Reputation and the risks of commercial ruin after a conviction are some of the key selling points of a DPA. The recent case of Petrofac was an interesting and rare non-DPA case. After a plea of guilty, the company received total financial penalties of £77m comprising a confiscation order of £22.8m, a fine of £47.2m and costs of £7m. Immediately after the sentence was announced the share price went up by 17%. The markets reacted to the financial penalties in purely financial terms, the penalty was considered to be low and hence it was determined by the market that the company was more valuable as a result. The conviction of the company did not deter investors and the company was not viewed as beyond the pale, at least not by the market.
The SFO has successfully obtained 12 DPA’s and recovered sums totalling in excess of £1.5bn for the public purse, yet there have been a string of cases where individuals have been acquitted in jury trials, or as in the recent case, they wrapped up their investigation without bringing charges.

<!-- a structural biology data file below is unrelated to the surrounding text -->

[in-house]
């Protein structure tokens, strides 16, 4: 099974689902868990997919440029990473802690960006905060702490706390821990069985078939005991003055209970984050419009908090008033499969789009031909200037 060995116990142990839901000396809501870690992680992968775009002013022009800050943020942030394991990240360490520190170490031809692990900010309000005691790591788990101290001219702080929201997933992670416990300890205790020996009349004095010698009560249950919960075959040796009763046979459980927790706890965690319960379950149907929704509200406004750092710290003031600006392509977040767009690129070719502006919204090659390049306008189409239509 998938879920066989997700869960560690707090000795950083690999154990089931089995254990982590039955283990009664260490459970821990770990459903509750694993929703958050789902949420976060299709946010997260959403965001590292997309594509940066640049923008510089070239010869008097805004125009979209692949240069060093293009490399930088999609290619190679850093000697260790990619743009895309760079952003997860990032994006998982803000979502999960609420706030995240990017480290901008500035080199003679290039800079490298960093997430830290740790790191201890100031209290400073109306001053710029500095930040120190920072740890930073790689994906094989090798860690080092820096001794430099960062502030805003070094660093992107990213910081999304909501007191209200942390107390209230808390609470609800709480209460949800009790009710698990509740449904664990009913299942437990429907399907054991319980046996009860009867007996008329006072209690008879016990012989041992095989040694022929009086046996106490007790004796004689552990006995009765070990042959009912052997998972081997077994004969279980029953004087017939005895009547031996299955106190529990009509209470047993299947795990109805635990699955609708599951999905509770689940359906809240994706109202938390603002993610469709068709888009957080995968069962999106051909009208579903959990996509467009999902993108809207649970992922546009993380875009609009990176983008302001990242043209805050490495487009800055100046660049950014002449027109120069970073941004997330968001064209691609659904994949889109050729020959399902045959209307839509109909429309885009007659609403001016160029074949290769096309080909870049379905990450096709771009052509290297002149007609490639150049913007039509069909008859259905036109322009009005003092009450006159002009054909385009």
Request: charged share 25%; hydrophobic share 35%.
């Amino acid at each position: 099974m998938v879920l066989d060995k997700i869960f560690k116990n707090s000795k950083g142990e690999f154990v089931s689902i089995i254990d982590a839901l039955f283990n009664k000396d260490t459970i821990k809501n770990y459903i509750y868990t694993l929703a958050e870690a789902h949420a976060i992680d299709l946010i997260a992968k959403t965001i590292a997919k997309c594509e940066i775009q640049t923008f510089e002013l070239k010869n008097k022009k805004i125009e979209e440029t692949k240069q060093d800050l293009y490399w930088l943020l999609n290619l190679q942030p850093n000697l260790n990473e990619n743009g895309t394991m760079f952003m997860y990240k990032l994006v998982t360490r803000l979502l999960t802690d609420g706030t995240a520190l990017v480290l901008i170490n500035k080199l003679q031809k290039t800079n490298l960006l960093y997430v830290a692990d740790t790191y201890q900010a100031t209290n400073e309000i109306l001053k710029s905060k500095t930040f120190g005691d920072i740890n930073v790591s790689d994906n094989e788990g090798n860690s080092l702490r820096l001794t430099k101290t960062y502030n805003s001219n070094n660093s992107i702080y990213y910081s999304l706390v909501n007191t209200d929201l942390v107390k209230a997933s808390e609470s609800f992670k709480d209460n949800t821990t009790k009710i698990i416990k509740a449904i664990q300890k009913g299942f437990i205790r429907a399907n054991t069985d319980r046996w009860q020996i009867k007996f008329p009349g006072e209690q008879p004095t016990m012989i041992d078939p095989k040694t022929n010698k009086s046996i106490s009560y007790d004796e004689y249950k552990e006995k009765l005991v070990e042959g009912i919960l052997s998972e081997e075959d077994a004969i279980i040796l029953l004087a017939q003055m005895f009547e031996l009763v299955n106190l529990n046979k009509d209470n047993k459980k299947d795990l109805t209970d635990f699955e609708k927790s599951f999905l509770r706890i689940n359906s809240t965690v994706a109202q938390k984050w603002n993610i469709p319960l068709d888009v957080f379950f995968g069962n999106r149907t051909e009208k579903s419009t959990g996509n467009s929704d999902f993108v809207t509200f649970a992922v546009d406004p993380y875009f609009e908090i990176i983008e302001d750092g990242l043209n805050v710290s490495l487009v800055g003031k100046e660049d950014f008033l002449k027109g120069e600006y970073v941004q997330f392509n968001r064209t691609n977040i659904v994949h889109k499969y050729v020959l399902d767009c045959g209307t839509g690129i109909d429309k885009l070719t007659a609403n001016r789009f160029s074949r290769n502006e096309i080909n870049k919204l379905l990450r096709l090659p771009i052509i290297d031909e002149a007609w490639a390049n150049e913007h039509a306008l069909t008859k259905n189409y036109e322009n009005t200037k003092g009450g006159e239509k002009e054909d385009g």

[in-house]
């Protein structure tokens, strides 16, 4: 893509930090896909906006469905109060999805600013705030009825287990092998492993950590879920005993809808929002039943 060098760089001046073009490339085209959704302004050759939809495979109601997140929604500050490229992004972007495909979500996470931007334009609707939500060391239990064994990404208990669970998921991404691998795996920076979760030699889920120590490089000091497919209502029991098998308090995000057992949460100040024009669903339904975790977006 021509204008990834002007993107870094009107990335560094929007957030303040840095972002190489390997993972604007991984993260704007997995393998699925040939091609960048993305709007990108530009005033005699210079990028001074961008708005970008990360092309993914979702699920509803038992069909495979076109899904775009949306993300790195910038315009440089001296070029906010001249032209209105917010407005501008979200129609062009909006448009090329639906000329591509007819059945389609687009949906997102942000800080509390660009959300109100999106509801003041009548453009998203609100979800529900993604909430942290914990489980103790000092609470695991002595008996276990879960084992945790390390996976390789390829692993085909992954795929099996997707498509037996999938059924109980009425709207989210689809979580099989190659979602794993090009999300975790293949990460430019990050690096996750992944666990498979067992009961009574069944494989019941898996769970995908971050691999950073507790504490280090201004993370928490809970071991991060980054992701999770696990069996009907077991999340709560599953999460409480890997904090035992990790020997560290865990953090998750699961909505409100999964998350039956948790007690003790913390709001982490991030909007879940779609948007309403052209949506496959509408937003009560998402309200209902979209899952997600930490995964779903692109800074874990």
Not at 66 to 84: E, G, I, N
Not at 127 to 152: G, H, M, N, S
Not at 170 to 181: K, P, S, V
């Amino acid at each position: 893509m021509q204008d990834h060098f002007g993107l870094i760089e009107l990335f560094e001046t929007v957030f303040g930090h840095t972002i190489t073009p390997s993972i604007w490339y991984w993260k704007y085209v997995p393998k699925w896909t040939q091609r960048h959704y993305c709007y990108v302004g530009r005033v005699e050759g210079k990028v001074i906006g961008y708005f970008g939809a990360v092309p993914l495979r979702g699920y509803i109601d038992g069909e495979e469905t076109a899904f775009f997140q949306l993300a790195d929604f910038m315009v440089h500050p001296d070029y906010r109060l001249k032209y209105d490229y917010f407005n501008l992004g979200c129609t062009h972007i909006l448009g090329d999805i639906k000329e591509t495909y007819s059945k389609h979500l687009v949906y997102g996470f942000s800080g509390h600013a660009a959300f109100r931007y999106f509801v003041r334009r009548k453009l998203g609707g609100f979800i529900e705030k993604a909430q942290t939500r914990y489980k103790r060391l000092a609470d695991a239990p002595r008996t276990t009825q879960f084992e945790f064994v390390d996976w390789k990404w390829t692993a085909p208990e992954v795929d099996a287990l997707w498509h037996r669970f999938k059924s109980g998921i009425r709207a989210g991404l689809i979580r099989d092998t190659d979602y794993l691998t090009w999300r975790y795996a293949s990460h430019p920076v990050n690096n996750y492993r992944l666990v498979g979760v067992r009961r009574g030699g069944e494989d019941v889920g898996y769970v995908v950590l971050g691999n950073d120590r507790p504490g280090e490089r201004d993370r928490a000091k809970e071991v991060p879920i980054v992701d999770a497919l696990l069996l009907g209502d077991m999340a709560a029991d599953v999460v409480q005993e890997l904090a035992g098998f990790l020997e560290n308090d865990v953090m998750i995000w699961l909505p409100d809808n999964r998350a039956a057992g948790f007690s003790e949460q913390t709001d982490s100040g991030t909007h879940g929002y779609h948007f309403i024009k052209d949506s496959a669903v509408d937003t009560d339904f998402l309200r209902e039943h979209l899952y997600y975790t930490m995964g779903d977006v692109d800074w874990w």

The Toll On Individuals
The pattern between the SFO securing a DPA against a corporate and then failing to convict or even prosecute individuals is now set. These cases are not just about numbers. The toll on individuals who have had to live under suspicion and investigation for many years is high. They face the loss of their reputation, financial stability and ultimately their liberty. Some have had to endure lengthy trials before being acquitted.
In announcing the recent decision regarding the individuals with Amec Foster Wheeler Plc, the SFO complained to Bloomberg that “There is a high bar for the SFO to charge individuals with a criminal offence.” This is an interesting position, the bar is the same one faced by every other Prosecuting agency in the UK, the burden and standard of proof are the same in SFO criminal prosecutions as all others.
Is there an implication here that the bar for prosecuting individuals should be lower? Will the SFO next be asking the government to make it easier to prosecute individuals as well as corporates?
The standard of proof in criminal cases is set high to prevent the wrongful conviction of the innocent. Such fundamental principles should not be eroded for the convenience of prosecutors – especially when the same rules apply to everybody else.